"I don't know if I have the right department, but maybe you can help me." That's how the call I took earlier today started. I get this type of call several times a week. Sometimes I am the right person for whatever reason it is the caller is contacting HAWS. Sometimes the caller needs to be transferred to the right department. And sometimes I'm the wrong person, but I still can be of help.
The caller today continued. "My neighbor had a puppy that she was going to take to the shelter, but I didn't want that to happen so I took him instead." She proceeded to tell me that she couldn't afford veterinary care for the puppy, and wanted to know if HAWS could recommend any low cost veterinarians in the area because the puppy needed a wellness check and vaccinations.
I told her that while HAWS provides low cost spay and neuter of pets for residents who are on some sort of government assistance, we don't provide veterinary services to the public beyond that. Additionally I wasn't able to recommend any vets who offered discounted services for low income pet owners. I was sorry I couldn't give her more help, but she thanked me for my time.
Unfortunately there is still a perception by some in the community that animals need to be saved from going to an animal shelter -- a fate thought to be a death sentence at worst, and a horrible, neglectful situation at best. This perception is left over from the days of the public pound -- where animals went after being picked up by the dog catcher and given days to live before being killed. The animal's stay at the public pound is one of terror with little attention or love given, and only the basic needs of food and water given.
While there are still some facilities that resemble this in the United States, most animal shelters are as far from this as possible. HAWS has worked very hard to make our facility a loving, welcoming place for both people and animals.
Had this caller not "saved" the puppy from the horrible fate of coming here to HAWS, he would have experienced the following.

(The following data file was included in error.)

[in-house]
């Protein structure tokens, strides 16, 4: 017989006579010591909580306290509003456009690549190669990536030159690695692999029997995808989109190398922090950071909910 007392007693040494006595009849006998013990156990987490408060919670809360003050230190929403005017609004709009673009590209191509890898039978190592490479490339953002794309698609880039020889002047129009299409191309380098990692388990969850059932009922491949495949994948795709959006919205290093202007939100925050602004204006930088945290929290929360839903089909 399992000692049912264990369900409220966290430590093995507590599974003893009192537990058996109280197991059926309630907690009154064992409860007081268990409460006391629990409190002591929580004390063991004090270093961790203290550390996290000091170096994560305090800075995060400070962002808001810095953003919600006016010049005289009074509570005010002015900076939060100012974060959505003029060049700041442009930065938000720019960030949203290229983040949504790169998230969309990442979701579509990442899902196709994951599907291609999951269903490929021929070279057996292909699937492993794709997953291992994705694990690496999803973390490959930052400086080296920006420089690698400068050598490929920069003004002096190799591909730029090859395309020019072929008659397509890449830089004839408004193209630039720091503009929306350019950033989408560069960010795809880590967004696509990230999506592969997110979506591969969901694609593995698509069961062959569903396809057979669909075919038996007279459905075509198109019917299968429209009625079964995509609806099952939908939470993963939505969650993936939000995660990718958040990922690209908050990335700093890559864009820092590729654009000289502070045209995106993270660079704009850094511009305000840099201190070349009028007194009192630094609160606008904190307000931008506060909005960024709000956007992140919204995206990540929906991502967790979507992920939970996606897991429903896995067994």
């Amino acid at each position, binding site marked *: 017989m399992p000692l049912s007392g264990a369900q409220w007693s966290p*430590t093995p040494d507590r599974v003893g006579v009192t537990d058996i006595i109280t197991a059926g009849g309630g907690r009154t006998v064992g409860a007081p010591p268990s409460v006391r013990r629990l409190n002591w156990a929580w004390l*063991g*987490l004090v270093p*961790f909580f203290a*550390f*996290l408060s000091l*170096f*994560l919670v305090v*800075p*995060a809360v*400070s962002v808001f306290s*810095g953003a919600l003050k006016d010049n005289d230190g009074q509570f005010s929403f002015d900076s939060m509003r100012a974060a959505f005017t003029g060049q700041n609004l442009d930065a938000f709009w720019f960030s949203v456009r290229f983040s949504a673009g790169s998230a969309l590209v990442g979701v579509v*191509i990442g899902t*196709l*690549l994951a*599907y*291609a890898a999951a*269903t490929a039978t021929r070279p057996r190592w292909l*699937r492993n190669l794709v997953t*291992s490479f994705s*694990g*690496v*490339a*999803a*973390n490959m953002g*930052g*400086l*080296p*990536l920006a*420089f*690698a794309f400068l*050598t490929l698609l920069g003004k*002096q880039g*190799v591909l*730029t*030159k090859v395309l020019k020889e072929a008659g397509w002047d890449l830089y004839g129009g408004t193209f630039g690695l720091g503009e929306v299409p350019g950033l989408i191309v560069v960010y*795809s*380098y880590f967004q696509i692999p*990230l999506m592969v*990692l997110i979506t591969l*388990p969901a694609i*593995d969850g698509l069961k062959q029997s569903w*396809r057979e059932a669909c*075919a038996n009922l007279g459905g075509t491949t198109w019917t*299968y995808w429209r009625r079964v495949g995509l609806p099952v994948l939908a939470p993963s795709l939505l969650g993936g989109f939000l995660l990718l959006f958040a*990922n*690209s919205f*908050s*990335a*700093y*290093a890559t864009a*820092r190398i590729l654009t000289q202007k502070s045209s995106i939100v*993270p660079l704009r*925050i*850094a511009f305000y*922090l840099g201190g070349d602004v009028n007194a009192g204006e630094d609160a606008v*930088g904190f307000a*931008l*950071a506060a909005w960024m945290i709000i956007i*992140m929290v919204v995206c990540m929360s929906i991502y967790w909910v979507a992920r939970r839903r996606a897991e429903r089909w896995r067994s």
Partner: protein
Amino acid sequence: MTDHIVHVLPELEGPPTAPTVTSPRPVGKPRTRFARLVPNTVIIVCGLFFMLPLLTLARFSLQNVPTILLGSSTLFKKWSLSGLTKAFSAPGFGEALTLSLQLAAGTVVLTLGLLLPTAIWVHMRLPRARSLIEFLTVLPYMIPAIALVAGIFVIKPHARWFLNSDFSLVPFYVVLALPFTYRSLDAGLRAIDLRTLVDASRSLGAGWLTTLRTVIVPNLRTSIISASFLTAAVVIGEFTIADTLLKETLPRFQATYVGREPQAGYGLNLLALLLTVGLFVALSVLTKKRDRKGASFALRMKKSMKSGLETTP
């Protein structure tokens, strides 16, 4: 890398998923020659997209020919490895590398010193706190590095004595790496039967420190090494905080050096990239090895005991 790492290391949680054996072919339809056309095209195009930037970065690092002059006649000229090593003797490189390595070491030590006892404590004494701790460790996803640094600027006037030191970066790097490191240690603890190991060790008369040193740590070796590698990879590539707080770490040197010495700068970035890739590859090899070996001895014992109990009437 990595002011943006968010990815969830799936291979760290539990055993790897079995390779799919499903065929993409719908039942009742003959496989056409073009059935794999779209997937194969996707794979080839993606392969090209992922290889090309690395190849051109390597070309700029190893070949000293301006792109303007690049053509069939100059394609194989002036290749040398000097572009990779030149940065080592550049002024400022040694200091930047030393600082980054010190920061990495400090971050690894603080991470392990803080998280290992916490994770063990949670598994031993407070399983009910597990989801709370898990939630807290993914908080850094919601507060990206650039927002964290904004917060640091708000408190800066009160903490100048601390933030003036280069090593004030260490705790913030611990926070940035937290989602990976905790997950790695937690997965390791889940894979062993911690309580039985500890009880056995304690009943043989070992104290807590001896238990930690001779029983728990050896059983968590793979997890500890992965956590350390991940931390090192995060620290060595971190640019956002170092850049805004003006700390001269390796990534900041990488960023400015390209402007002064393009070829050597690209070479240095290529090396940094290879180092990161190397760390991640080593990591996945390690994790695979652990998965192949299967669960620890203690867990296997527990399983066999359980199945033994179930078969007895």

He would have been checked for fleas, ticks, mites, and intestinal parasites and been treated for them. Our staff would have given him his first round of shots and one our veterinarians would have neutered him. If he had any health issues HAWS would have spent our time and resources treating him.
Once he'd gone through our behavior evaluation he would have been made available for our volunteers to spend time with him. The puppy would have gotten three or more walks a day as well as general cuddling sessions. Our Mod Squad would take him out of his kennel for training sessions as well, so that he could learn some basic manners before going to his new home.
Most likely he would have spent time with some of the kids that participate in our education programs. Additionally our front office staff would have brought him behind the front desk and spent time cuddling, playing and talking to him.
As a puppy he would have been very popular with adopters. He would be the most frequently viewed dog in our kennels, and very fast to find his new home. His stay at the shelter could have been as little as 4 days from start to finish.
It's a good thing the woman saved the puppy from coming to HAWS.